Housing the Homeless in the Private Rental Sector
Under s25 of the Local Government Act 1988 housing authorities are allowed to give financial help (incentives) to private landlords who offer up their properties for people who are homeless or at risk of homelessness. They offer a number of incentives such as:
- The authority paying the costs of leases;
- Making small one-off grants (“finders’ fees”) to landlords to encourage them to let dwellings to households owed a homelessness duty;
- Paying rent deposits or indemnities to ensure accommodation is secured for such households;
- Making one-off grant payments which would prevent an eviction.
- Discretionary Housing Payments (DHP) to provide financial assistance to meet a shortfall in a person’s eligible rent and the housing authority consider that the claimant is in need of further financial assistance. Such payments are governed by the Discretionary Housing Payment (Grant) Order 2001
Whilst there is no limit set on the amount of financial assistance that can be provided, authorities are obliged to act reasonably and in accordance with their fiduciary duty to local tax and rent payers.
The statutory underpinning of homelessness is contained under Part 7 of the Housing Act 1996. The definition of homelessness comes in two main groups: statutory, non statutory and single homelessness. Agencies in the voluntary sector tend to support those who are non-statutory or single homeless.
The Act also sets out the powers and duties of housing authorities where people apply to them for accommodation or assistance in obtaining accommodation. Under s189 of the Housing Act 1996, a homeless person will have a priority need for re-housing if s/he is vulnerable as a result of:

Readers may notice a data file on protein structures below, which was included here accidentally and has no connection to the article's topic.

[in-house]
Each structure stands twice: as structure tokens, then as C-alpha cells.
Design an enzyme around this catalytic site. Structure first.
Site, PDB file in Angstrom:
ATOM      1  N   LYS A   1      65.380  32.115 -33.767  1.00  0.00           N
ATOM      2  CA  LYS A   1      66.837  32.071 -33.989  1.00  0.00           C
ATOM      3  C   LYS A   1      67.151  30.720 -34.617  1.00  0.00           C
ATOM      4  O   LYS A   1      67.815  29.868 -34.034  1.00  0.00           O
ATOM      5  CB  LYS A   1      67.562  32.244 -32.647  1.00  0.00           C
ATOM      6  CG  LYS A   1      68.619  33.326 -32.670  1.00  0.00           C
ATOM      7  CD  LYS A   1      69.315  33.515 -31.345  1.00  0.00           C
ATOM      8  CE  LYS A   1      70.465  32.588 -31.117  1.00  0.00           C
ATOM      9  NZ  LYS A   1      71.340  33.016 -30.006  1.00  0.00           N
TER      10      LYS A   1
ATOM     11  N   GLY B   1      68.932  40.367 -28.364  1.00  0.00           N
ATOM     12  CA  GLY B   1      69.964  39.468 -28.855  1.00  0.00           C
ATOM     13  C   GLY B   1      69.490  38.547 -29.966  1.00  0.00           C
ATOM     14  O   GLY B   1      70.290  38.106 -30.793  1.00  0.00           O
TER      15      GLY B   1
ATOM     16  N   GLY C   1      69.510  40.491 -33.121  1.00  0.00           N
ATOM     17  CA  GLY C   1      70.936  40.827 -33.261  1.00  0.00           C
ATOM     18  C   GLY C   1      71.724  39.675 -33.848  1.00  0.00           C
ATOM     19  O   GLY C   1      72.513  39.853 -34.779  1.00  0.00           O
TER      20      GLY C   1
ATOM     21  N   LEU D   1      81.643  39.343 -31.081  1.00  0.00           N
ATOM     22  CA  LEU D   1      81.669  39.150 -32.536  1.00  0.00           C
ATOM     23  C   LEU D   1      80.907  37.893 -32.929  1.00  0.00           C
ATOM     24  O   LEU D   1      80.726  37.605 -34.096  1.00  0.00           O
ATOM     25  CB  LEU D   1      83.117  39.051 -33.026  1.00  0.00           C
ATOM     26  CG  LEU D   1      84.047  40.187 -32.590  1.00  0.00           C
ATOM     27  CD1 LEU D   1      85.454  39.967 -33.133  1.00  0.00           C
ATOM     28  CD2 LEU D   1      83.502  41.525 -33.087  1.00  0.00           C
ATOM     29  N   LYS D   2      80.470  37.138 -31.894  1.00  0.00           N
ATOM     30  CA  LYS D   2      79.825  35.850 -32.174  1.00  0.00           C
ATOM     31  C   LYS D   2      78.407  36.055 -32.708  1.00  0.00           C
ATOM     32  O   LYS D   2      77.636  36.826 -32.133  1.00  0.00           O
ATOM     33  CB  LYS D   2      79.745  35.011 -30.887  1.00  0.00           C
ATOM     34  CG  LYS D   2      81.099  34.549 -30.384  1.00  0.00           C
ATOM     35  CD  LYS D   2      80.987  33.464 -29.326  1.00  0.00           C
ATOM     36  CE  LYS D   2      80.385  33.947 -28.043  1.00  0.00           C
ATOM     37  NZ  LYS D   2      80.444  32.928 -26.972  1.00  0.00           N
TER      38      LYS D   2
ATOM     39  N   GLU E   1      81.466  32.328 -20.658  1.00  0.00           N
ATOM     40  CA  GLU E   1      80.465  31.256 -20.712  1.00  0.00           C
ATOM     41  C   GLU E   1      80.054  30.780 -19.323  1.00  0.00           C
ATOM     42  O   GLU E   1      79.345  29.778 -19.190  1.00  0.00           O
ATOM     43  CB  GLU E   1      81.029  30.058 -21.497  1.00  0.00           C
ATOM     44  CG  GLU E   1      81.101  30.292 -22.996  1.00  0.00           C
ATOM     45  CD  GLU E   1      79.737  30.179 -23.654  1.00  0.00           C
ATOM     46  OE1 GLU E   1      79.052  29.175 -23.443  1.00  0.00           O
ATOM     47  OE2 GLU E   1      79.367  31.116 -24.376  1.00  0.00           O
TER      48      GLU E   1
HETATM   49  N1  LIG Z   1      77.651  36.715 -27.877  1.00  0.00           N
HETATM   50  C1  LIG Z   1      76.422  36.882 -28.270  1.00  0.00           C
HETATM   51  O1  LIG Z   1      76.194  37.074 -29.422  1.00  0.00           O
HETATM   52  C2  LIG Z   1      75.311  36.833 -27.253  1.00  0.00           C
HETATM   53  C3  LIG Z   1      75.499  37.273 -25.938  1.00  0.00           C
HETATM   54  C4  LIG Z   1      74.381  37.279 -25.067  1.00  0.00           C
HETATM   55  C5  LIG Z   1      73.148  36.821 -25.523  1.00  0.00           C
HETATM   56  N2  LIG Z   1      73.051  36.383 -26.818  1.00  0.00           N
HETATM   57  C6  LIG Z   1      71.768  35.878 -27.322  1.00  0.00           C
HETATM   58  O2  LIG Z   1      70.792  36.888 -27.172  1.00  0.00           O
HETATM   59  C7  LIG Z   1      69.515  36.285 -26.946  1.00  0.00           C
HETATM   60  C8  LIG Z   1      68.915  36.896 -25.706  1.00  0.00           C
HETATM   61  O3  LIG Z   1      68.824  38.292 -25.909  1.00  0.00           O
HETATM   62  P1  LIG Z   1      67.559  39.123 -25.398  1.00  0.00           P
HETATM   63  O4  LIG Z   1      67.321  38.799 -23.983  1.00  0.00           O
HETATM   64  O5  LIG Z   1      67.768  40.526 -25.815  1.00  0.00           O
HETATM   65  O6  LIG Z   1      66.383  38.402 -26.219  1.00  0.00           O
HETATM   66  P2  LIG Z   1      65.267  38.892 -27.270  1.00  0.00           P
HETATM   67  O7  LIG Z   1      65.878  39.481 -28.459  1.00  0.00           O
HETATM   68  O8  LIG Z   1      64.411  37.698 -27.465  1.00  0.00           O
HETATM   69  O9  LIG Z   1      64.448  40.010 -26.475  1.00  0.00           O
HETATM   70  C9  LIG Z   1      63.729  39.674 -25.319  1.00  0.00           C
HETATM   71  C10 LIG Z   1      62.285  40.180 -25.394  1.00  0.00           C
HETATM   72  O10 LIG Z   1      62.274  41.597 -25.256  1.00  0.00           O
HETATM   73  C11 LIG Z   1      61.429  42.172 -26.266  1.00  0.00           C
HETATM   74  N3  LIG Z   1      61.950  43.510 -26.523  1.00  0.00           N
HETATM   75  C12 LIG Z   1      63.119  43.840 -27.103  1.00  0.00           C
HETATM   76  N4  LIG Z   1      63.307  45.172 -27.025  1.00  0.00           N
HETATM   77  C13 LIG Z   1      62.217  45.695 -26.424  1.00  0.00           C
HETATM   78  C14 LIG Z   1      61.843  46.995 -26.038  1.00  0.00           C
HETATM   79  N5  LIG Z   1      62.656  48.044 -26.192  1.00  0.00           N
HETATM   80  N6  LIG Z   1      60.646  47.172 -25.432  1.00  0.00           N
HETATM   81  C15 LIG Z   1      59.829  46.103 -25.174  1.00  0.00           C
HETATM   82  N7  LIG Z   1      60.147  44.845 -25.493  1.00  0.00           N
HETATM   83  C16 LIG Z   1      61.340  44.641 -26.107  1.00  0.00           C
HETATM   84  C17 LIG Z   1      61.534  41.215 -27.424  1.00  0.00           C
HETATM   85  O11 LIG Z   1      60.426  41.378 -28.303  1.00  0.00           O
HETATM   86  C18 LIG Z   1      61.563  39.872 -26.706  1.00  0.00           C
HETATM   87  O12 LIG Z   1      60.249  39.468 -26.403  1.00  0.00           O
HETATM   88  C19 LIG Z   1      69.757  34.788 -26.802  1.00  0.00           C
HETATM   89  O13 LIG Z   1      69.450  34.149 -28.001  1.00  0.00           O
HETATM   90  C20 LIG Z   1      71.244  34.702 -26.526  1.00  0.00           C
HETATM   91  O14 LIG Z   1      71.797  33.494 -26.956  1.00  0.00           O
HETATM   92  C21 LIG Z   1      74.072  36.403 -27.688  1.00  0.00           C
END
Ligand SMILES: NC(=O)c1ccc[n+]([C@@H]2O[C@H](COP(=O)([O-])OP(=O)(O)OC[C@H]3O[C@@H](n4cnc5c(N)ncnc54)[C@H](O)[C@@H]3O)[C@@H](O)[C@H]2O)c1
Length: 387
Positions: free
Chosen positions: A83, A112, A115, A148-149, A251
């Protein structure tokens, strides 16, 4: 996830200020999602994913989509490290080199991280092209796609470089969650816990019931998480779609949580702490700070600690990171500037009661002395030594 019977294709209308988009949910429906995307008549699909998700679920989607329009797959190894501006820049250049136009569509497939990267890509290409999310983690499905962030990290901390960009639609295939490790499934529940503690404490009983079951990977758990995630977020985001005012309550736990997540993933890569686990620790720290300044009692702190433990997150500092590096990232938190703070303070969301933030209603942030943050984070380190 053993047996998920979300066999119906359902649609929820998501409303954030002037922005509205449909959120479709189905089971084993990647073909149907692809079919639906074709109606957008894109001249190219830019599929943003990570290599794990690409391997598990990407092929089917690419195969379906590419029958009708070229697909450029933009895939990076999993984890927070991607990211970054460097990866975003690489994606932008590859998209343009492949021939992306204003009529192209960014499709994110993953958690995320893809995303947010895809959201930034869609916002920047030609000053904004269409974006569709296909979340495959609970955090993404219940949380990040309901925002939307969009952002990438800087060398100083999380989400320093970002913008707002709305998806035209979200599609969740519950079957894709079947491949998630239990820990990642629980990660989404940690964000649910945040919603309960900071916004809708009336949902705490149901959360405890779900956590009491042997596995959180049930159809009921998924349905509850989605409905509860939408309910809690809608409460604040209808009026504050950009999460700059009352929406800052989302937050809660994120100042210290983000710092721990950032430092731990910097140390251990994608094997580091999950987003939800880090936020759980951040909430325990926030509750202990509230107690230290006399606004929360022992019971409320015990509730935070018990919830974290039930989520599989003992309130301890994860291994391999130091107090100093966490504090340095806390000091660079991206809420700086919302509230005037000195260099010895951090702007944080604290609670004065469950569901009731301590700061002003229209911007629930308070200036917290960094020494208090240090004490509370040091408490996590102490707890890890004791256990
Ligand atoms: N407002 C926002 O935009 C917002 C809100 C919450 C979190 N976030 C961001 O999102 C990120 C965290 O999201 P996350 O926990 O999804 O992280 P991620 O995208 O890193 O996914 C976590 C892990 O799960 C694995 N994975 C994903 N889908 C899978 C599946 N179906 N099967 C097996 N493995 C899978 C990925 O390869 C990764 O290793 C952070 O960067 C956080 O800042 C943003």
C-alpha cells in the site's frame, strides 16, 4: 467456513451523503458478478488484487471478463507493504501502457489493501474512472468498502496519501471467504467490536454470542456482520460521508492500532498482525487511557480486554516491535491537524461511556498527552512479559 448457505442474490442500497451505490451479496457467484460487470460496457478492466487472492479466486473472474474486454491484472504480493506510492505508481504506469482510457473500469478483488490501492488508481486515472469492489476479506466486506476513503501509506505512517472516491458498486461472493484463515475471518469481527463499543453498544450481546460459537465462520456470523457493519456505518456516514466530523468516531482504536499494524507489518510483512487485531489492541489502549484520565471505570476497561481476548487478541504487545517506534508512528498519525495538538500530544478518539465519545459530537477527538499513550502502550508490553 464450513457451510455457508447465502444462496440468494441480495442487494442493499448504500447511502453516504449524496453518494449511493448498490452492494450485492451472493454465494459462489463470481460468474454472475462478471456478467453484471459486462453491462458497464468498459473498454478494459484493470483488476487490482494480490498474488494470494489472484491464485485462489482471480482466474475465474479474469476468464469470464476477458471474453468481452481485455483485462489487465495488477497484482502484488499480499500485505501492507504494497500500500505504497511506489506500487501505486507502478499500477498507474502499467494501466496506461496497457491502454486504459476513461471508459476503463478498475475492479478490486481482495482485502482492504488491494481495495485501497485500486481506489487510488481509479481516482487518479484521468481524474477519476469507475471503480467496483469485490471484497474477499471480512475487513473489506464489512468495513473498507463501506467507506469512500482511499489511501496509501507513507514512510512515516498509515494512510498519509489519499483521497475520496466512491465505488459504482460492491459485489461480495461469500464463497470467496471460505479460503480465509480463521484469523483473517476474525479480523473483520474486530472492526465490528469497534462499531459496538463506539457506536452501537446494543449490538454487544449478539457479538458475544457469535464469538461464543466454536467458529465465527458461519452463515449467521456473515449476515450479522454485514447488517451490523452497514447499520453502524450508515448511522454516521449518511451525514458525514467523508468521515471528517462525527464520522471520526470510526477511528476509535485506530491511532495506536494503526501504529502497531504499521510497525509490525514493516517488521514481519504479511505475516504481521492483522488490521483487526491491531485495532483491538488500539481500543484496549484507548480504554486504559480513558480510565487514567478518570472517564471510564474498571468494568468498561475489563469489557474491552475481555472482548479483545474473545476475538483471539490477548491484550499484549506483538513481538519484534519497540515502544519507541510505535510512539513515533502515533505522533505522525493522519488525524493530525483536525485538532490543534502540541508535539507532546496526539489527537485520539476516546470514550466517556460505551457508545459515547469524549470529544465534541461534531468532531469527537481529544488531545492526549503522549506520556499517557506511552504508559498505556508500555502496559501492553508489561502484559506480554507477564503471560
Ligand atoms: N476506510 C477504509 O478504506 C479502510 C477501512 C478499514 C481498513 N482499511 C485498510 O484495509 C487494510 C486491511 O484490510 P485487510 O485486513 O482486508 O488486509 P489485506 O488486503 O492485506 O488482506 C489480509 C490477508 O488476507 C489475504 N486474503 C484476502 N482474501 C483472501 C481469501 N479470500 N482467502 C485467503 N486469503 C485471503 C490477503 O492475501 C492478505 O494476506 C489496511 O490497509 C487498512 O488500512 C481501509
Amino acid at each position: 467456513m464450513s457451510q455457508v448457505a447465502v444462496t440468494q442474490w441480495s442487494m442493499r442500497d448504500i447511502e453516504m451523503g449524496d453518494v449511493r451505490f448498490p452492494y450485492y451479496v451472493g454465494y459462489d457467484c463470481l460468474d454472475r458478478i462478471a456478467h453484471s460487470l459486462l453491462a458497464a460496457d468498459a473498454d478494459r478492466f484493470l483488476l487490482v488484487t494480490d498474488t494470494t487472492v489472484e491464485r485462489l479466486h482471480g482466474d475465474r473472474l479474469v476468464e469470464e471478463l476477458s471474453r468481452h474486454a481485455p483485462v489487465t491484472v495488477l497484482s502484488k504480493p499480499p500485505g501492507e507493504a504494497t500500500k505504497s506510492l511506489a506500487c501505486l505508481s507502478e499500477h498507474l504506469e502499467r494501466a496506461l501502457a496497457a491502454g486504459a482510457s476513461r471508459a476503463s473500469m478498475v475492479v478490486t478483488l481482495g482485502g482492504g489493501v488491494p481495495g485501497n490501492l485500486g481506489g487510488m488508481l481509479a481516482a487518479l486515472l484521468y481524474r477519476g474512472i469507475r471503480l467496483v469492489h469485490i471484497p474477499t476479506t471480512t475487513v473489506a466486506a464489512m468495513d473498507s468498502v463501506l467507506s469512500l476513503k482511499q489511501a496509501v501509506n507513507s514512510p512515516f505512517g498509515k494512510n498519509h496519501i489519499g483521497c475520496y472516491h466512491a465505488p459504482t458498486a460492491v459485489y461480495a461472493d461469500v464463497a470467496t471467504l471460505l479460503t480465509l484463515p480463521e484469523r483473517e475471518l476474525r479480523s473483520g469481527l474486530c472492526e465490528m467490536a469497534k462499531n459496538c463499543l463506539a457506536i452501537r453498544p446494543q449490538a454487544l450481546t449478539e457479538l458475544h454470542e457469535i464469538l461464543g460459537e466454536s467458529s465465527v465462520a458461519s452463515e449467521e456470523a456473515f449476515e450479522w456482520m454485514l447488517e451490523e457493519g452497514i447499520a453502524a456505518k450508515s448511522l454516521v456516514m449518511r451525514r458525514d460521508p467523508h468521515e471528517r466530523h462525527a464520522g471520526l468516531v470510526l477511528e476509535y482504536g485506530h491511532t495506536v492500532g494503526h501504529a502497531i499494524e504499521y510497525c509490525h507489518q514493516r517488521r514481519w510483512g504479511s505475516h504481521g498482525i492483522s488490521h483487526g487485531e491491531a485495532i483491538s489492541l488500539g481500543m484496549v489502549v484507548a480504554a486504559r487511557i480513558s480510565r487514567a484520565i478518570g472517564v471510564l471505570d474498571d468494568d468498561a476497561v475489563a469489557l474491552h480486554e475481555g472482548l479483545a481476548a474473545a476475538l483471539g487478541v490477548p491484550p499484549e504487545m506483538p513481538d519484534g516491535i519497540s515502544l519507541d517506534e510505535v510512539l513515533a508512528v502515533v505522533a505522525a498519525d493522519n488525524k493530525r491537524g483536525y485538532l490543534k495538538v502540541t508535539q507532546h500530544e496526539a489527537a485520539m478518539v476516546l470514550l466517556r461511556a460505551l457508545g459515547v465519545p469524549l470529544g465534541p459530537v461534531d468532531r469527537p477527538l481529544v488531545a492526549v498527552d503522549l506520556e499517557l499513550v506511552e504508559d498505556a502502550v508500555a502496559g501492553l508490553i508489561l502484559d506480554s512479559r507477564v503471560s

- Old age;
- Mental illness or learning disability (mental handicap) or physical disability;
- Having been looked after, accommodated or fostered and is aged 21 or more;
- Having been a member of Her Majesty’s regular naval, military or air forces;
- Having been in custody or detention;
- Ceasing to occupy accommodation because of violence from another person or threats of violence from another person which are likely to be carried out;
- Any other special reason.
In deciding what accommodation needs to be secured, housing authorities will need to consider whether the applicant has any support needs. Housing authorities will therefore need to make arrangements for effective links with the following to ensure that a joint assessment of an applicant’s housing and support needs can be made where necessary.
- Supporting People team;
- Social Services;
- Primary Care Trusts;
- Criminal Justice Services;
- Voluntary and community organisations.
When determining , local authorities should take into account all of the individual’s circumstances with the courts saying that local authority housing officers are the experts in making such assessments. This is not a medical test and a doctor’s view isn’t conclusive. Judges will however be wary of overturning vulnerability decisions, as they are effectively subjective judgments.
LOCAL AUTHORITIES INVOLVED ON MY BLOCK
I knew local authorities were involved on our block because of the rapid turnover of tenants but when I asked my local council all they did was to ask me as to why should any landlord have to tell anyone else who he/she was sub-letting to, private or otherwise. They also quoted Data Protection!
Despite their response, after some more digging I established that the Housing Department were using the block and whilst the Social Services Mental Health Team and the Learning Disabilities Team were also able to secure properties, I was unable to get a break down because of ‘client led’ databases.
So this was what was happening. Our landlords were handing over their properties to the councils to house the homeless and to make matters worse, due to reciprocal arrangements between councils, if one of them is short of accommodation, they will ask other councils for help! So far, Newham, Redbridge, Tower Hamlets and Westminster have all used our block but its only due to being asked for help from the tenants who have problems that I have established this.